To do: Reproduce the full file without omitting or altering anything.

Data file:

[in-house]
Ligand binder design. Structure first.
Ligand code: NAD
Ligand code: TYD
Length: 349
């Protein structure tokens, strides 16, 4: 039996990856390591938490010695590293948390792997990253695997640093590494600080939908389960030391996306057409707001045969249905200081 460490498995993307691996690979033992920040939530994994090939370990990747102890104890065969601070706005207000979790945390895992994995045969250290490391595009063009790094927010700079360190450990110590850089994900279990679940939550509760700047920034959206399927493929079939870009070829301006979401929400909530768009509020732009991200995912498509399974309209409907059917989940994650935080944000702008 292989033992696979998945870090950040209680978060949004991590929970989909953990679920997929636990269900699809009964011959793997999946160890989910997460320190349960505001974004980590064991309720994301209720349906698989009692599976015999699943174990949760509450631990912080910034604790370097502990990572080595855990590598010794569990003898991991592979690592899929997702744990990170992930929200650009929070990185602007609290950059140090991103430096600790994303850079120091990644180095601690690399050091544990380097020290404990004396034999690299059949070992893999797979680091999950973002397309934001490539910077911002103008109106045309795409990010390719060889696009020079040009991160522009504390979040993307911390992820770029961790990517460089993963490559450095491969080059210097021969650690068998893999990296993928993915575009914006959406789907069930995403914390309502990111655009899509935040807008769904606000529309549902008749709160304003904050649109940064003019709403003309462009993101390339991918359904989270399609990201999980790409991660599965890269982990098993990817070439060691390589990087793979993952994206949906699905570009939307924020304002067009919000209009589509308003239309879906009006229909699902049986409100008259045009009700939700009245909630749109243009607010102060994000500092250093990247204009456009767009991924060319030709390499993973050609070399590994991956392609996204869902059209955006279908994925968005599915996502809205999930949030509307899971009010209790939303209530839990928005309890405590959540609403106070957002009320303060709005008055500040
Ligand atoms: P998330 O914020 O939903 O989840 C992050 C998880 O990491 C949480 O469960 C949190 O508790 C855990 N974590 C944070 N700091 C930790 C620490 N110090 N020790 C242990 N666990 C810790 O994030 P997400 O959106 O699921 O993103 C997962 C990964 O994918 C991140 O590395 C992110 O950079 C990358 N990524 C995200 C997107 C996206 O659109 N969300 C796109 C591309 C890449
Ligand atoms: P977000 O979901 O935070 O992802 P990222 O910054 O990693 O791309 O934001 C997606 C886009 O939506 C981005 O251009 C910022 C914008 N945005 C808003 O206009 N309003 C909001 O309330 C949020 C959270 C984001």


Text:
[in-house]
Ligand binder design. Structure first.
Ligand code: NAD
Ligand code: TYD
Length: 349
């Protein structure tokens, strides 16, 4: 039996990856390591938490010695590293948390792997990253695997640093590494600080939908389960030391996306057409707001045969249905200081 460490498995993307691996690979033992920040939530994994090939370990990747102890104890065969601070706005207000979790945390895992994995045969250290490391595009063009790094927010700079360190450990110590850089994900279990679940939550509760700047920034959206399927493929079939870009070829301006979401929400909530768009509020732009991200995912498509399974309209409907059917989940994650935080944000702008 292989033992696979998945870090950040209680978060949004991590929970989909953990679920997929636990269900699809009964011959793997999946160890989910997460320190349960505001974004980590064991309720994301209720349906698989009692599976015999699943174990949760509450631990912080910034604790370097502990990572080595855990590598010794569990003898991991592979690592899929997702744990990170992930929200650009929070990185602007609290950059140090991103430096600790994303850079120091990644180095601690690399050091544990380097020290404990004396034999690299059949070992893999797979680091999950973002397309934001490539910077911002103008109106045309795409990010390719060889696009020079040009991160522009504390979040993307911390992820770029961790990517460089993963490559450095491969080059210097021969650690068998893999990296993928993915575009914006959406789907069930995403914390309502990111655009899509935040807008769904606000529309549902008749709160304003904050649109940064003019709403003309462009993101390339991918359904989270399609990201999980790409991660599965890269982990098993990817070439060691390589990087793979993952994206949906699905570009939307924020304002067009919000209009589509308003239309879906009006229909699902049986409100008259045009009700939700009245909630749109243009607010102060994000500092250093990247204009456009767009991924060319030709390499993973050609070399590994991956392609996204869902059209955006279908994925968005599915996502809205999930949030509307899971009010209790939303209530839990928005309890405590959540609403106070957002009320303060709005008055500040
Ligand atoms: P998330 O914020 O939903 O989840 C992050 C998880 O990491 C949480 O469960 C949190 O508790 C855990 N974590 C944070 N700091 C930790 C620490 N110090 N020790 C242990 N666990 C810790 O994030 P997400 O959106 O699921 O993103 C997962 C990964 O994918 C991140 O590395 C992110 O950079 C990358 N990524 C995200 C997107 C996206 O659109 N969300 C796109 C591309 C890449
Ligand atoms: P977000 O979901 O935070 O992802 P990222 O910054 O990693 O791309 O934001 C997606 C886009 O939506 C981005 O251009 C910022 C914008 N945005 C808003 O206009 N309003 C909001 O309330 C949020 C959270 C984001």